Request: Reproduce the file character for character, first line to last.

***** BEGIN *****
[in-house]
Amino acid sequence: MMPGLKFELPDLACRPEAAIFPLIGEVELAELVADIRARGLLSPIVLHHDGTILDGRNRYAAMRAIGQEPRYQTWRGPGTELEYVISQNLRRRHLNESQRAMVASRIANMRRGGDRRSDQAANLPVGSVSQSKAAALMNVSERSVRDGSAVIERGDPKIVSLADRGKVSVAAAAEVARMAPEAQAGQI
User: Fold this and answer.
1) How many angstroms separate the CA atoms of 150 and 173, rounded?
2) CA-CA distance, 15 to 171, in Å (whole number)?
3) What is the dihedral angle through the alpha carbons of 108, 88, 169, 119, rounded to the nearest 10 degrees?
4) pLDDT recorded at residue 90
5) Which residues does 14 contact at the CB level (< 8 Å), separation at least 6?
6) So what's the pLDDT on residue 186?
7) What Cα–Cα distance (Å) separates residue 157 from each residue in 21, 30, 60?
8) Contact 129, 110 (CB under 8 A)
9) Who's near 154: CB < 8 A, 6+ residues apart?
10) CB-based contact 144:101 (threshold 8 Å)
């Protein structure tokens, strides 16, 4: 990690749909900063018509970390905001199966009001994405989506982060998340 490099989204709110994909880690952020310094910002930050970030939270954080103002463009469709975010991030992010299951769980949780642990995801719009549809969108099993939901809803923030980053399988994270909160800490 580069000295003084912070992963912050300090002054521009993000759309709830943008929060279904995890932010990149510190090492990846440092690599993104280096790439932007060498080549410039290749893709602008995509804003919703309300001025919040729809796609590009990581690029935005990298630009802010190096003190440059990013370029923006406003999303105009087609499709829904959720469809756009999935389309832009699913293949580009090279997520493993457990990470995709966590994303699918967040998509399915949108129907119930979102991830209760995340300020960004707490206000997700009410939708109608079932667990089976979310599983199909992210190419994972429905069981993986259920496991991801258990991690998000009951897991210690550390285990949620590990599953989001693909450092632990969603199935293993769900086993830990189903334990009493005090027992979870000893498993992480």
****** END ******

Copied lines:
[in-house]
Amino acid sequence: MMPGLKFELPDLACRPEAAIFPLIGEVELAELVADIRARGLLSPIVLHHDGTILDGRNRYAAMRAIGQEPRYQTWRGPGTELEYVISQNLRRRHLNESQRAMVASRIANMRRGGDRRSDQAANLPVGSVSQSKAAALMNVSERSVRDGSAVIERGDPKIVSLADRGKVSVAAAAEVARMAPEAQAGQI
User: Fold this and answer.
1) How many angstroms separate the CA atoms of 150 and 173, rounded?
2) CA-CA distance, 15 to 171, in Å (whole number)?
3) What is the dihedral angle through the alpha carbons of 108, 88, 169, 119, rounded to the nearest 10 degrees?
4) pLDDT recorded at residue 90
5) Which residues does 14 contact at the CB level (< 8 Å), separation at least 6?
6) So what's the pLDDT on residue 186?
7) What Cα–Cα distance (Å) separates residue 157 from each residue in 21, 30, 60?
8) Contact 129, 110 (CB under 8 A)
9) Who's near 154: CB < 8 A, 6+ residues apart?
10) CB-based contact 144:101 (threshold 8 Å)
């Protein structure tokens, strides 16, 4: 990690749909900063018509970390905001199966009001994405989506982060998340 490099989204709110994909880690952020310094910002930050970030939270954080103002463009469709975010991030992010299951769980949780642990995801719009549809969108099993939901809803923030980053399988994270909160800490 580069000295003084912070992963912050300090002054521009993000759309709830943008929060279904995890932010990149510190090492990846440092690599993104280096790439932007060498080549410039290749893709602008995509804003919703309300001025919040729809796609590009990581690029935005990298630009802010190096003190440059990013370029923006406003999303105009087609499709829904959720469809756009999935389309832009699913293949580009090279997520493993457990990470995709966590994303699918967040998509399915949108129907119930979102991830209760995340300020960004707490206000997700009410939708109608079932667990089976979310599983199909992210190419994972429905069981993986259920496991991801258990991690998000009951897991210690550390285990949620590990599953989001693909450092632990969603199935293993769900086993830990189903334990009493005090027992979870000893498993992480």